Complexes formed of Structural Maintenance of Chromosomes (SMC) proteins mediate changes in the higher-order chromatin structure by forming inter- or intra-chromatin fiber connections at distinct regions. Yet, neither the nature of the higher-order chromatin structure nor the molecular basis of its maintenance by SMC complexes is well understood. Eukaryotic cells contain three distinct SMC complexes: cohesin, condensin and Smc5/6. Our laboratory is exploring the function and molecular mechanism of these complexes in budding yeast, Saccharomyces cerevisiae. The elegant simplicity of the yeast model system combined with the advanced genetic, biochemistry, cellular and molecular biology techniques in this organism has been well-established in many studies. The yeast model’s translational value in research lies in the high conservation between yeast and humans in processes governing genome stability, cell proliferation, gene expression, and DNA damage responses.
Cohesin is best known for its role in sister chromatid cohesion, and has been proven essential for their equal segregation during mitosis and meiosis. In addition, cohesin functions in chromosome condensation, meiotic chromosome structuring, post-replicative DNA repair, and in the regulation of gene expression. Cohesin’s wide range of activities spans fundamental cell processes essential for cell growth and development. The pivotal roles of cohesin, together with its medical relevance, place this complex at the forefront of current biological research.
The core complex of cohesin contains four subunits: Smc1, Smc3, Mcd1/Scc1/Rad21 and Scc3/Irr1/Sa/Stag that form a ring structure. The auxiliary factors Pds5 and Wpl1 associate with cohesin but these factors are not considered part of the core complex (Figure 1). We are studying how this sophisticated molecular machine mediates higher-order chromatin structures and how its activity is regulated at different biological contexts.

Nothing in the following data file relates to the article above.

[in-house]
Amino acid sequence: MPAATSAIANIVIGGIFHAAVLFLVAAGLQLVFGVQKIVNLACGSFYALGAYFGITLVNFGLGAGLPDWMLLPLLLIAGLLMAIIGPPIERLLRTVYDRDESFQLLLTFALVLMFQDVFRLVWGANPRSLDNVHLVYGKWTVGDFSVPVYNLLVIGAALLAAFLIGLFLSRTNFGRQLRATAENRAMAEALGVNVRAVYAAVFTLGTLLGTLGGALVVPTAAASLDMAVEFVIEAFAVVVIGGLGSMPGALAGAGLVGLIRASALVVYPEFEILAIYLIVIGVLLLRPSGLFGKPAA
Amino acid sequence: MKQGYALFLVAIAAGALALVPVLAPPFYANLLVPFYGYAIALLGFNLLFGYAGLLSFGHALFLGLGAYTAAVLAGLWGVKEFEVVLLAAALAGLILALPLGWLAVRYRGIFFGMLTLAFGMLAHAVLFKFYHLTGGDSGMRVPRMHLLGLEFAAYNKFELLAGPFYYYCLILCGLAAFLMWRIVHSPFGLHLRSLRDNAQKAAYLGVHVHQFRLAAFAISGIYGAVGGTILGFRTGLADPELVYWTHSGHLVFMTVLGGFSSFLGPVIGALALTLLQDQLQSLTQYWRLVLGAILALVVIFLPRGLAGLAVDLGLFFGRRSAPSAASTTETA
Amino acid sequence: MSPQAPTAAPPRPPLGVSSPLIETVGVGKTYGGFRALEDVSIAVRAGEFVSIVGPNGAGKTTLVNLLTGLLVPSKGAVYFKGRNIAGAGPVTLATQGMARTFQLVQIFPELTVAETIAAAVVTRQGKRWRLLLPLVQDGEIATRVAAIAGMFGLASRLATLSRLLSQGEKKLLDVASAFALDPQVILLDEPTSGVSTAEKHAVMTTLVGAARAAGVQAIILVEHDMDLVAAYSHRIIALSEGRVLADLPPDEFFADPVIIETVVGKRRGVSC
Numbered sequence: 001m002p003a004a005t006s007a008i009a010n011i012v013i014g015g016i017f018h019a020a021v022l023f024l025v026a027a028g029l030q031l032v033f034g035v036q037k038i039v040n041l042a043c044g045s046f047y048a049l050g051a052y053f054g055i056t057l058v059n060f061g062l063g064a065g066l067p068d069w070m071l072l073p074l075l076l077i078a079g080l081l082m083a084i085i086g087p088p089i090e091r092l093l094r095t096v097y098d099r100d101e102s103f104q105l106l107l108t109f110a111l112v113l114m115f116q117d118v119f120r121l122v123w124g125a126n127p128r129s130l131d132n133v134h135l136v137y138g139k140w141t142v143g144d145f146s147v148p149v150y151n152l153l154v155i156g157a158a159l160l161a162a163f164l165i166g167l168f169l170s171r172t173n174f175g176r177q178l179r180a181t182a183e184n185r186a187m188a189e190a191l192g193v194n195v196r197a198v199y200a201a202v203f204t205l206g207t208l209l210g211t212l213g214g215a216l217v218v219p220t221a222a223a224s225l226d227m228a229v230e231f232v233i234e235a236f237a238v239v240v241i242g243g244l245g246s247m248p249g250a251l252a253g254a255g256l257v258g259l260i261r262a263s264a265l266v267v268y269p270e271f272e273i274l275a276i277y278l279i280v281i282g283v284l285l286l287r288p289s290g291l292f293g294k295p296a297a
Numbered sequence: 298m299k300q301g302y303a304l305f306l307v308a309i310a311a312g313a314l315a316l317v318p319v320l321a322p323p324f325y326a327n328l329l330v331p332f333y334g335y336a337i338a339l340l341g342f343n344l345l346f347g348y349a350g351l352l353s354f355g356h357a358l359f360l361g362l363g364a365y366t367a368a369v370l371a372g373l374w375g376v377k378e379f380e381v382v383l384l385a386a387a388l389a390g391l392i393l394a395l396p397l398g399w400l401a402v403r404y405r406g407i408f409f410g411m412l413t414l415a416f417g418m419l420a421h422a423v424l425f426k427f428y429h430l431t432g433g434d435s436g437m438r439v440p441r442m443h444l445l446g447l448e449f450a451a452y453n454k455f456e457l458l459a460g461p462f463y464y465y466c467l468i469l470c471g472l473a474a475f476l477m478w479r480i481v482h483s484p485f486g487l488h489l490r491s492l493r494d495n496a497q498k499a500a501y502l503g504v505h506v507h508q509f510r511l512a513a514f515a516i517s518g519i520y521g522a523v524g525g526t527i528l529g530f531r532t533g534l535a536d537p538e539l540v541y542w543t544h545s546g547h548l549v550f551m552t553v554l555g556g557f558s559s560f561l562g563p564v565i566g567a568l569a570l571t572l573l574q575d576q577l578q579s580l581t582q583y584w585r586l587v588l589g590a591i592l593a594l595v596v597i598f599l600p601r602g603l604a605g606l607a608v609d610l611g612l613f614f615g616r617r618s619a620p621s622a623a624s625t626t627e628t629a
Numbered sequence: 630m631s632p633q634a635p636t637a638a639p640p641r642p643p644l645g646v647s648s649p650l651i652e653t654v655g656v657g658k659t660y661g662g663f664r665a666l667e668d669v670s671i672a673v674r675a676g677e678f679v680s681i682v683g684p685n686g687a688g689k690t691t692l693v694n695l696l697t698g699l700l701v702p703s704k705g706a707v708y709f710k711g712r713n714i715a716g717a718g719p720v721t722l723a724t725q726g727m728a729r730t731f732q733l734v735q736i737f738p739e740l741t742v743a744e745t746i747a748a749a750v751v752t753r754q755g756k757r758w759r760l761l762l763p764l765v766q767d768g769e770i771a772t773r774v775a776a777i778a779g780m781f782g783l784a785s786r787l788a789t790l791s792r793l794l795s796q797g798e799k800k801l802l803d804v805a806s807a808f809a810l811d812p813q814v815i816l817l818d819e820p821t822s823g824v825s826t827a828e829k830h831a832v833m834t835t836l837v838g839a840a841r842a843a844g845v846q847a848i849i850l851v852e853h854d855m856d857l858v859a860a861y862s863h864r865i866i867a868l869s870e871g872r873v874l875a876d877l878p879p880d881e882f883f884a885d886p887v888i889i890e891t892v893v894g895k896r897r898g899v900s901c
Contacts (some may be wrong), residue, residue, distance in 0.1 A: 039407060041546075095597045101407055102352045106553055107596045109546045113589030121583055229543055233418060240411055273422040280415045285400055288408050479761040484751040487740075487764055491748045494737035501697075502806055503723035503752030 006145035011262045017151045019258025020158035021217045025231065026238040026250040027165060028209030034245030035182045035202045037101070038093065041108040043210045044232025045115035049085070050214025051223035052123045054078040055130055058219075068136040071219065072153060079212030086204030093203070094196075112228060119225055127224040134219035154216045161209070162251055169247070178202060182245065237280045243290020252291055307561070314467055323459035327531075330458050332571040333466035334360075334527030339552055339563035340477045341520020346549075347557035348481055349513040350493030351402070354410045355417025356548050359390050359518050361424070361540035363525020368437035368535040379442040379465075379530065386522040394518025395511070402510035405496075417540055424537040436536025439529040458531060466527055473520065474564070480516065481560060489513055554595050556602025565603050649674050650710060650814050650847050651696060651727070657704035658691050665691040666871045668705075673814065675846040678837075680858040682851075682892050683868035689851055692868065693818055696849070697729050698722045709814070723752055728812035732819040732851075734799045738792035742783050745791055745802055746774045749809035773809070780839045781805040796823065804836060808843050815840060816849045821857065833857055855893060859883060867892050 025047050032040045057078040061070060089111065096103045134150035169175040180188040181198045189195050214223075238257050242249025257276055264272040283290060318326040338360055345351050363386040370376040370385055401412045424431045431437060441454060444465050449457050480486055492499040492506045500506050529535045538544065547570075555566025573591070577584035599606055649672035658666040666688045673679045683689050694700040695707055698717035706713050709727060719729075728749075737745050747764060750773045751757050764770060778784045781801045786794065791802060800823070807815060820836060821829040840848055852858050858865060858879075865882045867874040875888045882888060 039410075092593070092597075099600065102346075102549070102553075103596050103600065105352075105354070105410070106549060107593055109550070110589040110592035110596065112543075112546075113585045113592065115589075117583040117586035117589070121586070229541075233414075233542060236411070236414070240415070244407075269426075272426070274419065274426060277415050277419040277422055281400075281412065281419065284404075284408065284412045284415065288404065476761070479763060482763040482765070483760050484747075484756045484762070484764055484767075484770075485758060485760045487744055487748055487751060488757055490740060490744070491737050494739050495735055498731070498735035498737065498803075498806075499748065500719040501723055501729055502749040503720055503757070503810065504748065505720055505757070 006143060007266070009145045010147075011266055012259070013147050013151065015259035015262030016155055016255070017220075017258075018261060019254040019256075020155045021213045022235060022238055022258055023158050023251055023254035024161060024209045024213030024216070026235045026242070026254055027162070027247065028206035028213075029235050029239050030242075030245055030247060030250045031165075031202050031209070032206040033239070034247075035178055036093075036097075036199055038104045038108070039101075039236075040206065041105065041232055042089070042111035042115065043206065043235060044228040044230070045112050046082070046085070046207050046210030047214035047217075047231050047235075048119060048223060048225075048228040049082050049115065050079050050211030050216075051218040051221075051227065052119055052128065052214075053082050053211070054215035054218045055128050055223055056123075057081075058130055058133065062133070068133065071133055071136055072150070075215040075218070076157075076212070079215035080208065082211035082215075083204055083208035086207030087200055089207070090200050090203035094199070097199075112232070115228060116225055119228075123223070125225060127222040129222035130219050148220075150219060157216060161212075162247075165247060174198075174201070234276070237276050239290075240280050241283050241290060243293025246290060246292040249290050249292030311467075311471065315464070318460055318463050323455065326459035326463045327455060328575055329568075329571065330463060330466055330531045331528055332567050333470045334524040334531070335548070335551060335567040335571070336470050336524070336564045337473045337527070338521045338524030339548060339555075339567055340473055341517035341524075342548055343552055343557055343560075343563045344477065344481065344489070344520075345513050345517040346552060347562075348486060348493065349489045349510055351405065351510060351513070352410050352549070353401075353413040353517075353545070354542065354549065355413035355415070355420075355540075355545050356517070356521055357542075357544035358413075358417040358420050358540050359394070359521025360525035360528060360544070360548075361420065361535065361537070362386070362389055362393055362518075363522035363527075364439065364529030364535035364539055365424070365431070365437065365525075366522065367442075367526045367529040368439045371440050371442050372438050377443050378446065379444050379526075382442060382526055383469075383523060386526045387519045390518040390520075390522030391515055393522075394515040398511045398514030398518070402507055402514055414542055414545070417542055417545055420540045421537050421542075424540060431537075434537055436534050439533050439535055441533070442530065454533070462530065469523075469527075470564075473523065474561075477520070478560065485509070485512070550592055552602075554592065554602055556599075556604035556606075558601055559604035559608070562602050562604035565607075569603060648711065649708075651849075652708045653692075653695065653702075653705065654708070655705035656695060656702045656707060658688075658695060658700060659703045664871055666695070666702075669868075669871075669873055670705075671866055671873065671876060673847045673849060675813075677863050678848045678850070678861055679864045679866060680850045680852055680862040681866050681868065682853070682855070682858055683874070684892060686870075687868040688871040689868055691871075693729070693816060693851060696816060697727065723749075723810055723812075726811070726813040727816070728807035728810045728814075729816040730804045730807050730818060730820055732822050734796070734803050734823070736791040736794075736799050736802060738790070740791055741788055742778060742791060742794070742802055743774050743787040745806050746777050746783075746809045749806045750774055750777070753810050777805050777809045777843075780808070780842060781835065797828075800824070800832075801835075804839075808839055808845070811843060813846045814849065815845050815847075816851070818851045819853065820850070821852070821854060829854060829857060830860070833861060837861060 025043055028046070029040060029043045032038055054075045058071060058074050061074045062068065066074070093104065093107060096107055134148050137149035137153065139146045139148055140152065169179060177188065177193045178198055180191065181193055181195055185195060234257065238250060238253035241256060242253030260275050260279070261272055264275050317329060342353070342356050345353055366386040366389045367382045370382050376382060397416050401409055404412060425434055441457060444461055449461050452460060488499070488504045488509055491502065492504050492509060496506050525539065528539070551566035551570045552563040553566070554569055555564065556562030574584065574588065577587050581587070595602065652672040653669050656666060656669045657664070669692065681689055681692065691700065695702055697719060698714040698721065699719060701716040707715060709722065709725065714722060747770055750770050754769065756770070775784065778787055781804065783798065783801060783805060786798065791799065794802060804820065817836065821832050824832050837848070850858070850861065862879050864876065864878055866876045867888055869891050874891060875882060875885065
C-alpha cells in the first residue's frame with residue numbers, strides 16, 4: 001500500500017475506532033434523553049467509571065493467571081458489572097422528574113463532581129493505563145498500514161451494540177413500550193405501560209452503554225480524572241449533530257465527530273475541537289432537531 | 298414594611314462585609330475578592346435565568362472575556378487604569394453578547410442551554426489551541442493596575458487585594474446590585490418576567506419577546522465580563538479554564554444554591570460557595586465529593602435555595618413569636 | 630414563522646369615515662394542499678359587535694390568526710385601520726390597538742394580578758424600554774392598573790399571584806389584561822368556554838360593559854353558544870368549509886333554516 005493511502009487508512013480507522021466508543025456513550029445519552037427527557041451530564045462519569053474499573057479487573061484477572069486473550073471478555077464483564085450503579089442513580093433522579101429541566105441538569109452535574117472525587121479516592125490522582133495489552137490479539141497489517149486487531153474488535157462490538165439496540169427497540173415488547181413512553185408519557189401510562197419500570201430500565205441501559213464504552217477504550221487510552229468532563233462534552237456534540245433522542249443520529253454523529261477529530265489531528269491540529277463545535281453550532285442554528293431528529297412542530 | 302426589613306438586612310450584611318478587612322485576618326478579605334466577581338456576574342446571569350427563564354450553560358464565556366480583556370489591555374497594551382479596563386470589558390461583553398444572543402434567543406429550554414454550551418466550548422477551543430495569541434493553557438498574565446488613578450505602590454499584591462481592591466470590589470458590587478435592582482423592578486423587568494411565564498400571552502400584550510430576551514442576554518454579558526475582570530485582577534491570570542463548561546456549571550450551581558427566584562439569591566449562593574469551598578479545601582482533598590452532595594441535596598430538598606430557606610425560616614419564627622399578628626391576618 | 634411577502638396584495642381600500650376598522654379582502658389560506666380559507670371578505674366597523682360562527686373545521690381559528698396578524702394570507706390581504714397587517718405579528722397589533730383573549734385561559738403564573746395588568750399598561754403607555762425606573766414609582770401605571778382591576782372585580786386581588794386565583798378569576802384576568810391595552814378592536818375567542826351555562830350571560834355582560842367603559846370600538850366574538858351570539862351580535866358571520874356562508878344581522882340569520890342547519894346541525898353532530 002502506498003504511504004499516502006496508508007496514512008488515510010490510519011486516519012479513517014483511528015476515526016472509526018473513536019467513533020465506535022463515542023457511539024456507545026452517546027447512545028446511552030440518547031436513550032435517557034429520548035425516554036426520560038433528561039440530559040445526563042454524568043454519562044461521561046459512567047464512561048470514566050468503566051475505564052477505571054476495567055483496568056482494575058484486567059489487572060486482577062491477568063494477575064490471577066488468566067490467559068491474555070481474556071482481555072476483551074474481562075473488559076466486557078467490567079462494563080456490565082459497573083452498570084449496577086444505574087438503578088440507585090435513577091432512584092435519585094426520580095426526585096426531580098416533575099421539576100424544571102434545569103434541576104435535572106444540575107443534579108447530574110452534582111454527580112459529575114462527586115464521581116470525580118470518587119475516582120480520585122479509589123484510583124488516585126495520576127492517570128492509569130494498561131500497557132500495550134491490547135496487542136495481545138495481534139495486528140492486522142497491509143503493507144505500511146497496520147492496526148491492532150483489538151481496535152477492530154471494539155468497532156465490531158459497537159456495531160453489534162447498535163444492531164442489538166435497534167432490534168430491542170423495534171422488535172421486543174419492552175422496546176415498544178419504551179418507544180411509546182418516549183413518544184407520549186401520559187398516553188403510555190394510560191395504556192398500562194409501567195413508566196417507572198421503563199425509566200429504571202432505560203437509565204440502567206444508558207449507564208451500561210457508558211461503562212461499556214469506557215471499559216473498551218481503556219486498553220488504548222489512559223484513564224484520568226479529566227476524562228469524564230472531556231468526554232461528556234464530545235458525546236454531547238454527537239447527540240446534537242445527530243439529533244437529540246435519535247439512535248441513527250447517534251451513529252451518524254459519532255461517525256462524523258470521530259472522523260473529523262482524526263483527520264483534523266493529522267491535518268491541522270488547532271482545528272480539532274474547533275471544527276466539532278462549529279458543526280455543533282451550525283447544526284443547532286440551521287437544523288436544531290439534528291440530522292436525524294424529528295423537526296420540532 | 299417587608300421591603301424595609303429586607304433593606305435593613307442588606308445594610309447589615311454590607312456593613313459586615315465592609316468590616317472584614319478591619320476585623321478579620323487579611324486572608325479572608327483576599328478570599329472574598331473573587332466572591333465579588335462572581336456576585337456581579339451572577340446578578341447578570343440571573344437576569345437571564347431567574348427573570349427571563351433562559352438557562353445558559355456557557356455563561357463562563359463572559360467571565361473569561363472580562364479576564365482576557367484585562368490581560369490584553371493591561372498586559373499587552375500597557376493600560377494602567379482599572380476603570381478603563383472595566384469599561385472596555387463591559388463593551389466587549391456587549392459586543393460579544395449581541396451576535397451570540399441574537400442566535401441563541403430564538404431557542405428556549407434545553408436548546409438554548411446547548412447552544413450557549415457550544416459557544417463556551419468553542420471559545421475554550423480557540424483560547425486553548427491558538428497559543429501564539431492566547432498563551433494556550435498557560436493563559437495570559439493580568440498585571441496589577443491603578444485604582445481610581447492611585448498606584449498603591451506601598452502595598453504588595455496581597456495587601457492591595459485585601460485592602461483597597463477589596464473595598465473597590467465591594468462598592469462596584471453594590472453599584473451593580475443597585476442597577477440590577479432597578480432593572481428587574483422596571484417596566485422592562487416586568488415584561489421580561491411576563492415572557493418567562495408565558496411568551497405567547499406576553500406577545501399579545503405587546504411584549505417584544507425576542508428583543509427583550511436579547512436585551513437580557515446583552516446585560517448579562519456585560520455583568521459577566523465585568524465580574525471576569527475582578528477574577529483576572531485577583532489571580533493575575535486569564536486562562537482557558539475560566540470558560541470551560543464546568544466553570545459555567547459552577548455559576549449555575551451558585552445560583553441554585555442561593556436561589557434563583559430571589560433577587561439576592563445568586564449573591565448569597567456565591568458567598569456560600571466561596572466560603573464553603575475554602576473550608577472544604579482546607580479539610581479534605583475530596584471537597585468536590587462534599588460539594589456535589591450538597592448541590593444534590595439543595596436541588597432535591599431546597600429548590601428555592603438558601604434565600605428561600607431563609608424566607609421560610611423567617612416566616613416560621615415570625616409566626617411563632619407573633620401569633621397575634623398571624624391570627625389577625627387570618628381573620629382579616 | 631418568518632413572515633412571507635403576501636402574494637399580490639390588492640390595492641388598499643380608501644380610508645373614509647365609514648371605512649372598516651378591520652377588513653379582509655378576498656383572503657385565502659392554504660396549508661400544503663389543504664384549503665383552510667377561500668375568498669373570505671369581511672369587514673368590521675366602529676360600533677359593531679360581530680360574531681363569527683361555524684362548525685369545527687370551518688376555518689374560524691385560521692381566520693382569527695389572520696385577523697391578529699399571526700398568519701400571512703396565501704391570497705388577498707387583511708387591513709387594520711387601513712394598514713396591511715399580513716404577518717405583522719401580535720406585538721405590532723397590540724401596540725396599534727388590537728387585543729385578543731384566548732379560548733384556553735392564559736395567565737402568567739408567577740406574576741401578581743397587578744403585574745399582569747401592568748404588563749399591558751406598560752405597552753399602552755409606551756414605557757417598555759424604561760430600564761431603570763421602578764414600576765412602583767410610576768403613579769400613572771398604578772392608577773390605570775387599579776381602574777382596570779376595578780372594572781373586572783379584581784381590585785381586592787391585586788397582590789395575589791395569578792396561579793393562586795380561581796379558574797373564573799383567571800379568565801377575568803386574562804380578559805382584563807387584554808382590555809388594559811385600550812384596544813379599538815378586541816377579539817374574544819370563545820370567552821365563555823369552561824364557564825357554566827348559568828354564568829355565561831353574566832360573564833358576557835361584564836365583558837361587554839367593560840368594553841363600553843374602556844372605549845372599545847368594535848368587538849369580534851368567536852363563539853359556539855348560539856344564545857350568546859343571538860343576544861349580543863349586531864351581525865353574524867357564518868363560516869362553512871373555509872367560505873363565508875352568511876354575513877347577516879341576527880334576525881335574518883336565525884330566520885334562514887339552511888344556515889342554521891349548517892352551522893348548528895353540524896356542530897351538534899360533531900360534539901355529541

Chromosome condensation is an essential prerequisite for the faithful segregation of genetic information, and is therefore crucial in maintaining genome integrity during mitosis and meiosis. The SMC complex condensin plays an important role in this process. Similar to cohesin, condensin is composed of five subunits: Smc2, Smc4, Brn1/CAP-H, Ycg1/CAP-G1 and YCS4/CAP-D2, which are organized into a ring structure. We are studying how the common SMC architecture of SMCs together with the unique properties of condensin contribute to this complex’s biochemical activity.
Chromosomal instability (CIN) is a classical hallmark and driving force of tumorigenesis. In normal tissues, cellular mechanisms are firmly regulated, through coordinated efforts of many cellular factors, to prevent neoplastic transformation and tumorigenesis. In contrast, accumulation of genetic alterations can drive a normal cell into a pre-cancerous state. Misregulation of oncogenes, leading to altered cell proliferation and development, is another key factor in the progression of tumorigenesis. The molecular basis of CIN in cancer cells is still elusive. Aiming to identify the molecular basis of CIN massive parallel sequencing has been used to identify mutations in tumors. The cohesin protein complex has been emerged from these experiments as a key factor in tumorigenesis. Furthermore, cohesin was recognized as an important factor in cancer treatment and patients’ survival rate. However, the role and mechanisms of cohesin in cancer etiology and its impact on treatment are poorly understood. Our research is aimed to dissect the molecular mechanisms in which mutations in cohesin affect tumorigenesis.
Cornelia de Lang Syndrome (CdLS)
Cornelia de Lange syndrome (CdLS) is an autosomal dominant or X-linked genetic disorder with an estimated occurrence of 1 in 10,000 live births. Classic CdLS is characterized by intellectual disability and developmental retardation. CdLS is associated with mutations in the cohesin protein complex. Current pre-and post-natal diagnosis is based on clinical features. Mutations in cohesin-related genes are associated with the disorders but the molecular basis of the disorder is still unknown in 35% of CdLS patients. The molecular diagnosis is challenging due to the sporadic nature of the mutations and the mild pre-natal abnormalities. We are using advanced genomics and proteomics technologies to identify new mutations in CdLS patients and explore the affected molecular pathways that lead to the development of the disorder.